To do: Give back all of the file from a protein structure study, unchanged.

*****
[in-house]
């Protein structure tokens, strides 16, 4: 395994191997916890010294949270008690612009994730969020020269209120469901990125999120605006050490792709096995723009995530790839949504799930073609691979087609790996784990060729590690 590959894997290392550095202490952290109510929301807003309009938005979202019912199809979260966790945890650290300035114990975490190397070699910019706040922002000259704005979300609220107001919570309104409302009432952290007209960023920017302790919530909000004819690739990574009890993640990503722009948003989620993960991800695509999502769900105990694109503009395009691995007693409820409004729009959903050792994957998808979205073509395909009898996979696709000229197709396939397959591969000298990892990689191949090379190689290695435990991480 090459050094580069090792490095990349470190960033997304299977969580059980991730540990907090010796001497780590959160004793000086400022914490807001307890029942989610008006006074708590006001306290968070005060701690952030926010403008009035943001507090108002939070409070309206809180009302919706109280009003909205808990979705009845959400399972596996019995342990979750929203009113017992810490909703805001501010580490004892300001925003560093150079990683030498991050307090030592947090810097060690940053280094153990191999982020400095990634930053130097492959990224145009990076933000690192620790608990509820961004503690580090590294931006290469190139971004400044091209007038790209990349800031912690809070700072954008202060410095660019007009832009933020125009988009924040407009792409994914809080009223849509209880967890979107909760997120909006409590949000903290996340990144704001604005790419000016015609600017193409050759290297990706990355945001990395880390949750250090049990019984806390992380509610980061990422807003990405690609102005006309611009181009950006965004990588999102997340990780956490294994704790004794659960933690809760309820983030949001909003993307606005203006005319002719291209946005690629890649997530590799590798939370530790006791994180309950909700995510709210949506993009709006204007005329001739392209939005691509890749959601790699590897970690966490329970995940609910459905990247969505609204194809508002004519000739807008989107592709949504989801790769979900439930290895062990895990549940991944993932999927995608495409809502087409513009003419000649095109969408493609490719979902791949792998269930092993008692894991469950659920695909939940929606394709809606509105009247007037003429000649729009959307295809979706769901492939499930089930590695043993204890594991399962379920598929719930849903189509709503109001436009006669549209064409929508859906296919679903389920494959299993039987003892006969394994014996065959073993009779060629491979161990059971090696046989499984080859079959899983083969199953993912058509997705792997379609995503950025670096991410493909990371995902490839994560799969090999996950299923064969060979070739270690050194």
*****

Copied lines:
[in-house]
């Protein structure tokens, strides 16, 4: 395994191997916890010294949270008690612009994730969020020269209120469901990125999120605006050490792709096995723009995530790839949504799930073609691979087609790996784990060729590690 590959894997290392550095202490952290109510929301807003309009938005979202019912199809979260966790945890650290300035114990975490190397070699910019706040922002000259704005979300609220107001919570309104409302009432952290007209960023920017302790919530909000004819690739990574009890993640990503722009948003989620993960991800695509999502769900105990694109503009395009691995007693409820409004729009959903050792994957998808979205073509395909009898996979696709000229197709396939397959591969000298990892990689191949090379190689290695435990991480 090459050094580069090792490095990349470190960033997304299977969580059980991730540990907090010796001497780590959160004793000086400022914490807001307890029942989610008006006074708590006001306290968070005060701690952030926010403008009035943001507090108002939070409070309206809180009302919706109280009003909205808990979705009845959400399972596996019995342990979750929203009113017992810490909703805001501010580490004892300001925003560093150079990683030498991050307090030592947090810097060690940053280094153990191999982020400095990634930053130097492959990224145009990076933000690192620790608990509820961004503690580090590294931006290469190139971004400044091209007038790209990349800031912690809070700072954008202060410095660019007009832009933020125009988009924040407009792409994914809080009223849509209880967890979107909760997120909006409590949000903290996340990144704001604005790419000016015609600017193409050759290297990706990355945001990395880390949750250090049990019984806390992380509610980061990422807003990405690609102005006309611009181009950006965004990588999102997340990780956490294994704790004794659960933690809760309820983030949001909003993307606005203006005319002719291209946005690629890649997530590799590798939370530790006791994180309950909700995510709210949506993009709006204007005329001739392209939005691509890749959601790699590897970690966490329970995940609910459905990247969505609204194809508002004519000739807008989107592709949504989801790769979900439930290895062990895990549940991944993932999927995608495409809502087409513009003419000649095109969408493609490719979902791949792998269930092993008692894991469950659920695909939940929606394709809606509105009247007037003429000649729009959307295809979706769901492939499930089930590695043993204890594991399962379920598929719930849903189509709503109001436009006669549209064409929508859906296919679903389920494959299993039987003892006969394994014996065959073993009779060629491979161990059971090696046989499984080859079959899983083969199953993912058509997705792997379609995503950025670096991410493909990371995902490839994560799969090999996950299923064969060979070739270690050194």